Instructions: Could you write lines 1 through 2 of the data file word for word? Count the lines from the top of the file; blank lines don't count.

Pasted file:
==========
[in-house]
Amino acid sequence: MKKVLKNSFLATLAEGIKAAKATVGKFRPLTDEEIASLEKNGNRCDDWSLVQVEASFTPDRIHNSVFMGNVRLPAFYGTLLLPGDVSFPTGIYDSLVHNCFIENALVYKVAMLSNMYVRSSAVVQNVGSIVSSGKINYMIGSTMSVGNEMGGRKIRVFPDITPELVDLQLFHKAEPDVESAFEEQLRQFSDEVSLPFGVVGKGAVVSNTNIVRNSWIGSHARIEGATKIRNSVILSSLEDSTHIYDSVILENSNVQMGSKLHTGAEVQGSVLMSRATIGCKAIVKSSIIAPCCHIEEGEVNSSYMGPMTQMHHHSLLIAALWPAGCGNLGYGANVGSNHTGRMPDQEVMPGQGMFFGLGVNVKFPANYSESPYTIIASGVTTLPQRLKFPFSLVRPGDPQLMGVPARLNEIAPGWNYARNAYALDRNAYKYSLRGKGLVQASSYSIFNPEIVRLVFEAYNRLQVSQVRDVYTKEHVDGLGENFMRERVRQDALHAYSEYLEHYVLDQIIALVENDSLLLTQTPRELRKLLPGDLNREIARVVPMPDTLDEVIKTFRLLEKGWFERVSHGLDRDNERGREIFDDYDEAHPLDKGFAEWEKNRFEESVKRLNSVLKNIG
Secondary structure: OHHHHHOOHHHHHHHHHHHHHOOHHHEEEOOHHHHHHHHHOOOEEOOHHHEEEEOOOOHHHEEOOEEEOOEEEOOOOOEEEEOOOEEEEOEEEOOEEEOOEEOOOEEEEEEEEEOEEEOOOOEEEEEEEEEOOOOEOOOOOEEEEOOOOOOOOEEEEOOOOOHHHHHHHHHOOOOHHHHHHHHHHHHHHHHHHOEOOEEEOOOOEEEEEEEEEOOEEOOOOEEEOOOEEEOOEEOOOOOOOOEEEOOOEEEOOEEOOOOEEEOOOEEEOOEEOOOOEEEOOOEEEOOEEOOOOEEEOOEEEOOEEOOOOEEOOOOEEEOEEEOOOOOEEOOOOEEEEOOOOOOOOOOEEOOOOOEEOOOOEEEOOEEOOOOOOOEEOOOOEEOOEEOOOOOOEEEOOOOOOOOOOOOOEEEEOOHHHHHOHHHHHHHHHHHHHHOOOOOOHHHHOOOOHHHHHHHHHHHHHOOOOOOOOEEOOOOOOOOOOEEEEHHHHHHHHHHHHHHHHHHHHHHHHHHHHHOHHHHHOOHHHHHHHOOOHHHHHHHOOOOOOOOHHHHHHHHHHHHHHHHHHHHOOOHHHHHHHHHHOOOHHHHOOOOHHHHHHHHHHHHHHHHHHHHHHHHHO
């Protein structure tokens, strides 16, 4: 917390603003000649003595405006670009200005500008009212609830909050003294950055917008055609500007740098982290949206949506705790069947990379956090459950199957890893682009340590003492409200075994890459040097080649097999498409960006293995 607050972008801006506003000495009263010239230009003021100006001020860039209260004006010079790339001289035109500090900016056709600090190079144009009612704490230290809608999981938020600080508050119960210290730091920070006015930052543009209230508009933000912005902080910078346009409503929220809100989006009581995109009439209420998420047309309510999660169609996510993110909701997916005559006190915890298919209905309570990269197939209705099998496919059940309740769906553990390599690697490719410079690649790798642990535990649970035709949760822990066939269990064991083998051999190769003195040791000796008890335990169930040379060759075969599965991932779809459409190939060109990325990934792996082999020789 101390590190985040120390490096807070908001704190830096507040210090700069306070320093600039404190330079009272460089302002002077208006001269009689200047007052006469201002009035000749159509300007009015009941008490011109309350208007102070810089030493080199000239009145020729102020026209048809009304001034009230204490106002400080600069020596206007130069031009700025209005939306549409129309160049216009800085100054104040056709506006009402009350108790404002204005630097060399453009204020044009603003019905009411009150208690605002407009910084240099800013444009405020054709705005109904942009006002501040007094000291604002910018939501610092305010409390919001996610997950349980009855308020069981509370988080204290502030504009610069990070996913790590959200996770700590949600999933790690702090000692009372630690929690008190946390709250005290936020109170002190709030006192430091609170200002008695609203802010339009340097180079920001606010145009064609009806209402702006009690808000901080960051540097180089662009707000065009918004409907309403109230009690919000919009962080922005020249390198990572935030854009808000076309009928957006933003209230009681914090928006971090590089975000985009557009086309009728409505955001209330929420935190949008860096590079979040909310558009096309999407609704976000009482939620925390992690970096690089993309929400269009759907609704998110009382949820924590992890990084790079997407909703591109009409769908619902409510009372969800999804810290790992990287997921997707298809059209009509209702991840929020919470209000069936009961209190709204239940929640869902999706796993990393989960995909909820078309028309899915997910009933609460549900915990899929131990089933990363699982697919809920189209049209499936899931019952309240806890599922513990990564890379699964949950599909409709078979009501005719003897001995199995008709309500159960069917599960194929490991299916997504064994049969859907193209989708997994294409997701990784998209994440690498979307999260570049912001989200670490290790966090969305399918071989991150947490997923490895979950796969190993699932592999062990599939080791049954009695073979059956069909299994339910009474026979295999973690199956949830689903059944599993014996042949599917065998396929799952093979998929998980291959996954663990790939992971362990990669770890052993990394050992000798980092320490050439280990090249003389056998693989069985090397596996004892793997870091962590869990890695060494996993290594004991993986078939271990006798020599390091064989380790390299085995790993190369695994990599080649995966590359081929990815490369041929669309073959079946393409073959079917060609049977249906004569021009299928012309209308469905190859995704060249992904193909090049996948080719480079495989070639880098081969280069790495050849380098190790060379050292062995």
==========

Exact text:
[in-house]
Amino acid sequence: MKKVLKNSFLATLAEGIKAAKATVGKFRPLTDEEIASLEKNGNRCDDWSLVQVEASFTPDRIHNSVFMGNVRLPAFYGTLLLPGDVSFPTGIYDSLVHNCFIENALVYKVAMLSNMYVRSSAVVQNVGSIVSSGKINYMIGSTMSVGNEMGGRKIRVFPDITPELVDLQLFHKAEPDVESAFEEQLRQFSDEVSLPFGVVGKGAVVSNTNIVRNSWIGSHARIEGATKIRNSVILSSLEDSTHIYDSVILENSNVQMGSKLHTGAEVQGSVLMSRATIGCKAIVKSSIIAPCCHIEEGEVNSSYMGPMTQMHHHSLLIAALWPAGCGNLGYGANVGSNHTGRMPDQEVMPGQGMFFGLGVNVKFPANYSESPYTIIASGVTTLPQRLKFPFSLVRPGDPQLMGVPARLNEIAPGWNYARNAYALDRNAYKYSLRGKGLVQASSYSIFNPEIVRLVFEAYNRLQVSQVRDVYTKEHVDGLGENFMRERVRQDALHAYSEYLEHYVLDQIIALVENDSLLLTQTPRELRKLLPGDLNREIARVVPMPDTLDEVIKTFRLLEKGWFERVSHGLDRDNERGREIFDDYDEAHPLDKGFAEWEKNRFEESVKRLNSVLKNIG